We’re often asked by my clients what are the “top things buyers should not do during the loan process.” Linda Hulberg at Western Bancorp put together this article with some of the most common mistakes made. Thanks, Linda, for those great words of acvice!
Here’s what Linda has to say:
Don’t go shopping for a car. If you must visit the showroom, at least don’t give anyone your social security number. This enables the dealer to check your credit. Each credit inquiry lowers your credit score even if you do not buy a car. Lenders are increasingly using credit scores to assist in mortgage credit decisions and to price an individual’s loan. High credit scores are good. Low scores aren’t.
Don’t respond in the affirmative to “you are pre-approved for a credit card” mailings. A credit inquiry will result with the same impact as above.
Don’t incur ANY new debt. This increases your debt-to-income ratio, reducing the amount you can borrow.
Don’t file for divorce. This is not advice from Dear Abby. Once you file for divorce, most lenders will not make a mortgage loan until the final decree, setting forth settlement terms, is recorded.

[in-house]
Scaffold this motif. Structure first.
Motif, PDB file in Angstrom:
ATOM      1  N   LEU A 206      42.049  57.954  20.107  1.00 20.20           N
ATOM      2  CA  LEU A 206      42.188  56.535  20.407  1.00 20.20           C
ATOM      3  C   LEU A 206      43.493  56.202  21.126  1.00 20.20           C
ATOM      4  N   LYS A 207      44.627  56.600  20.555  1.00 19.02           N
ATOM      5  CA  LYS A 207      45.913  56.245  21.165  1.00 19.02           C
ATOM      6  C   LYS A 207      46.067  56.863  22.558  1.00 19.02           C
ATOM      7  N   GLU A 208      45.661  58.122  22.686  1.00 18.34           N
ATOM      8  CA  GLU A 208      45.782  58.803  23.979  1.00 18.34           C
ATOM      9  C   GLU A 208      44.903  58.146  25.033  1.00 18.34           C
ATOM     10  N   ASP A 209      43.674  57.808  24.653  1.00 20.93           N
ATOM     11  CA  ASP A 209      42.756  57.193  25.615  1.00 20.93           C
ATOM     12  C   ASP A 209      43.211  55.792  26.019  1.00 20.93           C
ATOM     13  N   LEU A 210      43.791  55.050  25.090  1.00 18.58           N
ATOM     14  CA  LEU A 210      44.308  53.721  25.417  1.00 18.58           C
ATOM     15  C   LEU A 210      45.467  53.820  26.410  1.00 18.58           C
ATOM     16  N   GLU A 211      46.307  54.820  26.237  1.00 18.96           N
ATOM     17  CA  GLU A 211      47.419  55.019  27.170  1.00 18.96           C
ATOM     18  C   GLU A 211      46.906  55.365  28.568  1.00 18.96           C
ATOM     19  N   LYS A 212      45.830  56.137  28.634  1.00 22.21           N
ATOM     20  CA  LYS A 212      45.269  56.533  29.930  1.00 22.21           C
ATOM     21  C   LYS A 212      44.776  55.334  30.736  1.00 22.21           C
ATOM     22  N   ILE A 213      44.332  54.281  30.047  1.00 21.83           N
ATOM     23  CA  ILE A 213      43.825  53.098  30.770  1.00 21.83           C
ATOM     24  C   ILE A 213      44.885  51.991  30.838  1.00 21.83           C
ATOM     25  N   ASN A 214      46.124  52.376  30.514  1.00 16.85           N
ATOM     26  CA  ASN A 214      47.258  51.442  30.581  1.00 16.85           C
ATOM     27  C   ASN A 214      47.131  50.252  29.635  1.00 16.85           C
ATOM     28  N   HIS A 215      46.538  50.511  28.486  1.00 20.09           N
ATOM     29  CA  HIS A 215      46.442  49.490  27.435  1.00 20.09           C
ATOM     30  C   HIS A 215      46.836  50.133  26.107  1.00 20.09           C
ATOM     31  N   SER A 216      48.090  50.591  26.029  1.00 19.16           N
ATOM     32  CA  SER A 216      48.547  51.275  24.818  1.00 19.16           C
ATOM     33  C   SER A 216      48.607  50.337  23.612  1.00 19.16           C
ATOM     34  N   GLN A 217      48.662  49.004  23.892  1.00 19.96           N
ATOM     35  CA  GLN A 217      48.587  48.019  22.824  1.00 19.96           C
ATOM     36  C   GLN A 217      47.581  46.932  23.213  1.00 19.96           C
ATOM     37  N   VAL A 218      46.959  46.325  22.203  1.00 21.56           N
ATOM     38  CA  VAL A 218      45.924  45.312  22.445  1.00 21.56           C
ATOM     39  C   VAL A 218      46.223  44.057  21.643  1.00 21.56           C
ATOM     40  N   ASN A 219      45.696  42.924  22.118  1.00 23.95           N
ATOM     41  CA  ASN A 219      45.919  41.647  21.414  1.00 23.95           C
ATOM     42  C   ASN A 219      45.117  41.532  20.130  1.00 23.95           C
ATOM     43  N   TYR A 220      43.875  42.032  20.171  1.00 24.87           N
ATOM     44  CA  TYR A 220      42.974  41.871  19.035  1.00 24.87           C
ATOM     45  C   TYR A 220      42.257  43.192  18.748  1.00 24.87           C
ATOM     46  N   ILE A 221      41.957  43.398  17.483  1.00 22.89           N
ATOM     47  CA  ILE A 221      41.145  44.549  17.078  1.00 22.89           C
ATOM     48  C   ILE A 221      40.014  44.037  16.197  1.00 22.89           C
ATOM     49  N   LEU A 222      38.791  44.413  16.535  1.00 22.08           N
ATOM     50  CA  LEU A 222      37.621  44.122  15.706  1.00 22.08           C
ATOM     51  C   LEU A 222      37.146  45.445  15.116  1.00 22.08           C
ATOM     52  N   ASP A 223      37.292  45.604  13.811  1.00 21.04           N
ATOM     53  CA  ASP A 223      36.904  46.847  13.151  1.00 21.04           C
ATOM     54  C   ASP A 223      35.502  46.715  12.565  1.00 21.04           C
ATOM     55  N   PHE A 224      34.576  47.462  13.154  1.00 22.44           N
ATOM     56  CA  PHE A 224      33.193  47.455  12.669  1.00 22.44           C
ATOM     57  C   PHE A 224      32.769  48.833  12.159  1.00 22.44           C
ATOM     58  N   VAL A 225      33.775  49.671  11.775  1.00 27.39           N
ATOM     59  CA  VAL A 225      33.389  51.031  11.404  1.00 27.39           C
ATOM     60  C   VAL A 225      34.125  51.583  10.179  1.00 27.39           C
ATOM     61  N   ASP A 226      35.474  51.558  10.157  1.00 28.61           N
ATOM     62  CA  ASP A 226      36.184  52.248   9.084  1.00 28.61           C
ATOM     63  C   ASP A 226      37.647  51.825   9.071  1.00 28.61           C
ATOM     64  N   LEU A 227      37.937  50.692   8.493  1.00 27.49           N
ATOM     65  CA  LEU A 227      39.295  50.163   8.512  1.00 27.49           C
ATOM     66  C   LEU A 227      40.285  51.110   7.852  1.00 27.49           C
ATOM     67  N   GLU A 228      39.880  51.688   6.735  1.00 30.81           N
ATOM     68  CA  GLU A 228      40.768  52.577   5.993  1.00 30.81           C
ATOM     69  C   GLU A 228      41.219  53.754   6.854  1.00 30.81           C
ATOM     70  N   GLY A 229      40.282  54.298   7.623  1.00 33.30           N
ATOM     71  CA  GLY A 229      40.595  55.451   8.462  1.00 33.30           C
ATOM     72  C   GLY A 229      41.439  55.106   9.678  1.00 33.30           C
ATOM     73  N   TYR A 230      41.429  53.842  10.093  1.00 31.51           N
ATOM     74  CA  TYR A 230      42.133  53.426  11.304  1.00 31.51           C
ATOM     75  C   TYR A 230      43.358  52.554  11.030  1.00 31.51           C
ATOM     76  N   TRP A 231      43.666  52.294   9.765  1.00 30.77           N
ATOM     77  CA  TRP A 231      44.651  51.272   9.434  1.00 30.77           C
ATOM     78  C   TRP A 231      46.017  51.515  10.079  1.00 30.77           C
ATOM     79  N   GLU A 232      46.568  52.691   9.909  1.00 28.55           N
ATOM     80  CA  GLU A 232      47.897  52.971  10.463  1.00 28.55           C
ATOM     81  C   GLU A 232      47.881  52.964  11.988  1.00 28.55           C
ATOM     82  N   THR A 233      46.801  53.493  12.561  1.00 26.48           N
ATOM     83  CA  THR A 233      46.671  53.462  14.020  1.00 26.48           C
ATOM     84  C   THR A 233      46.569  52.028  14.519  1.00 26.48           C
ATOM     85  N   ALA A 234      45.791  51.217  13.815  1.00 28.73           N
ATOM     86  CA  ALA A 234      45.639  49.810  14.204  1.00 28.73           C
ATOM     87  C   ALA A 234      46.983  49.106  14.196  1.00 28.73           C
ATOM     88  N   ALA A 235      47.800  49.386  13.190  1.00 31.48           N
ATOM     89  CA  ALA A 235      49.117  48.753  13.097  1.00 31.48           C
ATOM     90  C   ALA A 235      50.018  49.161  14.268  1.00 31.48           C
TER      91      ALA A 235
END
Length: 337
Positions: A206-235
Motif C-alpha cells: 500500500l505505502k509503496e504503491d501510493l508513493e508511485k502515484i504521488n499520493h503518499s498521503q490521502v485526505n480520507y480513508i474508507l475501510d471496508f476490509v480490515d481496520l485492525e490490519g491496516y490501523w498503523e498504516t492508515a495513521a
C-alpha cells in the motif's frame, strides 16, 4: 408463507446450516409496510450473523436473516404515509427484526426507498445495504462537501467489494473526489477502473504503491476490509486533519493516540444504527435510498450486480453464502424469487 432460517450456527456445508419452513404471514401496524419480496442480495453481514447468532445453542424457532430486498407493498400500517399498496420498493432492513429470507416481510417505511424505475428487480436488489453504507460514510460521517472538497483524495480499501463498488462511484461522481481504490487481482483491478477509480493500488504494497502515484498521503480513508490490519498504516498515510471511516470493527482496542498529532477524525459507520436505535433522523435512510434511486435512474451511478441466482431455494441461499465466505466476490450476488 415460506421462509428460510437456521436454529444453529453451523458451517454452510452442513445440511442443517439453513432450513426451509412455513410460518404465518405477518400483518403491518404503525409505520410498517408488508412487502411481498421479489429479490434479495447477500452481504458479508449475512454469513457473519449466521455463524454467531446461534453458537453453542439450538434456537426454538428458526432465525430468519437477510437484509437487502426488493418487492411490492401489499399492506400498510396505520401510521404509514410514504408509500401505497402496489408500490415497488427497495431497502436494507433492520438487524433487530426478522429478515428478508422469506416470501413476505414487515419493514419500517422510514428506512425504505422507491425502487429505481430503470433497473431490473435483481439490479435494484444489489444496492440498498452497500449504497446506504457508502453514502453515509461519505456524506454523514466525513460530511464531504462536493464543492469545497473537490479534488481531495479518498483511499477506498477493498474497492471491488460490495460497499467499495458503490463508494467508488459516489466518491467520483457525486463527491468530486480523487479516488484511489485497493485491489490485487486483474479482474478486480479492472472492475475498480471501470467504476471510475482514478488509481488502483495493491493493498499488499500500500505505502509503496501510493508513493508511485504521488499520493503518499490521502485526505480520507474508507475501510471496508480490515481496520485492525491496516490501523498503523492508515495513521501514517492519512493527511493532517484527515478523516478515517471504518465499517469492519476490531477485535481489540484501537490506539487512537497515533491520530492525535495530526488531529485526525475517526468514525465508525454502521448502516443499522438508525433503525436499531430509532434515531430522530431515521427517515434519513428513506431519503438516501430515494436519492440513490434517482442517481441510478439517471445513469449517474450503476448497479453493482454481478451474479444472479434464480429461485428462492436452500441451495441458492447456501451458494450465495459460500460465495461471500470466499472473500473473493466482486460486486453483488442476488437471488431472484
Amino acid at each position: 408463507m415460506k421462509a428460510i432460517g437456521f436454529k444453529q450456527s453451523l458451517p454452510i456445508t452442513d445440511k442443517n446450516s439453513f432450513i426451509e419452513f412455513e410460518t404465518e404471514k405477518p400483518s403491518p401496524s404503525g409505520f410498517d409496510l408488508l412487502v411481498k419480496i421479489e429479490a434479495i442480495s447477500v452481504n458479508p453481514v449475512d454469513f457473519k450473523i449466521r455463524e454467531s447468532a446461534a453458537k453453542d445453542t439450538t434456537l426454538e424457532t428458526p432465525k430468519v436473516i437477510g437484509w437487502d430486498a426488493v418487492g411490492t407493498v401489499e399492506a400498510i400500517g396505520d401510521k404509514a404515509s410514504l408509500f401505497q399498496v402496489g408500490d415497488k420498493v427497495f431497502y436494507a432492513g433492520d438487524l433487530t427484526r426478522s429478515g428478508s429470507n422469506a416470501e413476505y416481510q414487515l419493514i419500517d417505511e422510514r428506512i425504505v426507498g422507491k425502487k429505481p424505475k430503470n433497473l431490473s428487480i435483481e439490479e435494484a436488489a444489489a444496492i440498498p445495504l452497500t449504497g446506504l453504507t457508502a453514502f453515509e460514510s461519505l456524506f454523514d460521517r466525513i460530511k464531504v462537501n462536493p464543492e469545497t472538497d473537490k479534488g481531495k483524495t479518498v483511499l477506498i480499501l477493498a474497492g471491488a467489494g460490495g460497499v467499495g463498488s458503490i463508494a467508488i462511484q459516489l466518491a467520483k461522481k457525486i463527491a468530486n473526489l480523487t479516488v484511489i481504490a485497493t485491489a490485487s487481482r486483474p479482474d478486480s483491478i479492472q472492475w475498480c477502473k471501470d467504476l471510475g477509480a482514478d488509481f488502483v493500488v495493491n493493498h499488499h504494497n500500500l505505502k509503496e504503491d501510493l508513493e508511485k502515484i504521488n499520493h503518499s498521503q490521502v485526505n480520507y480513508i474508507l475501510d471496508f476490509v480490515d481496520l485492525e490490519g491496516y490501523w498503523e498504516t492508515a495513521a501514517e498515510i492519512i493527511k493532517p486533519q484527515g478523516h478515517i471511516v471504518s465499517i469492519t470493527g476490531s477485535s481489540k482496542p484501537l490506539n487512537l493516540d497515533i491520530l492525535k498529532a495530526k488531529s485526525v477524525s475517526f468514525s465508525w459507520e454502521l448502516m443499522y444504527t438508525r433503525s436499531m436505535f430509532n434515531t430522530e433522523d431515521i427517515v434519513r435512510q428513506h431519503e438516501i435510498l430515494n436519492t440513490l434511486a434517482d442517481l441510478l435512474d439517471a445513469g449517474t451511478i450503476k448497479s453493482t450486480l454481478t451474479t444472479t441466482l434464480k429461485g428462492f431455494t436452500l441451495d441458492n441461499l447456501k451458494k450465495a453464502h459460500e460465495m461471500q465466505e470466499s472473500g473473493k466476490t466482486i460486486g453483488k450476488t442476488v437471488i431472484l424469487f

Don’t move money designated for down payment from one account to another. If you do, keep a detailed paper trail. Lenders may request it.
Don’t fail to keep records of any stock liquidation for down payment. Same reasoning as above.
Don’t change the source of your down payment. If your loan application states down payment is from sale of stock, do not simply deliver a cashier’s check into escrow from your bank account. Any change in source of down payment may require the loan to be underwritten again.
Don’t leave town without telling your loan agent and leaving a contact number. You may be needed for a decision or to provide additional documentation. And of course you will need to be available to sign loan documents.
Don’t quit or change your job. Lenders typically call your employer just before the loan records to verify you’re still there. If your employer says you are no longer there, the lender will stop the loan from recording.
Don’t forget to make the payments on any of your present loans or credit cards. This is obvious, but once in a while a buyer forgets, putting the loan (and escrow close) in jeopardy.
Don’t fail to inform your loan agent of any changes to the transaction. Last minute changes such as holdbacks, seller credits or termite work can create havoc with closing dates.
All is not lost if a buyer does a “don’t.” We can minimize or eliminate permanent damage to the transaction, even though delays and stress can occur.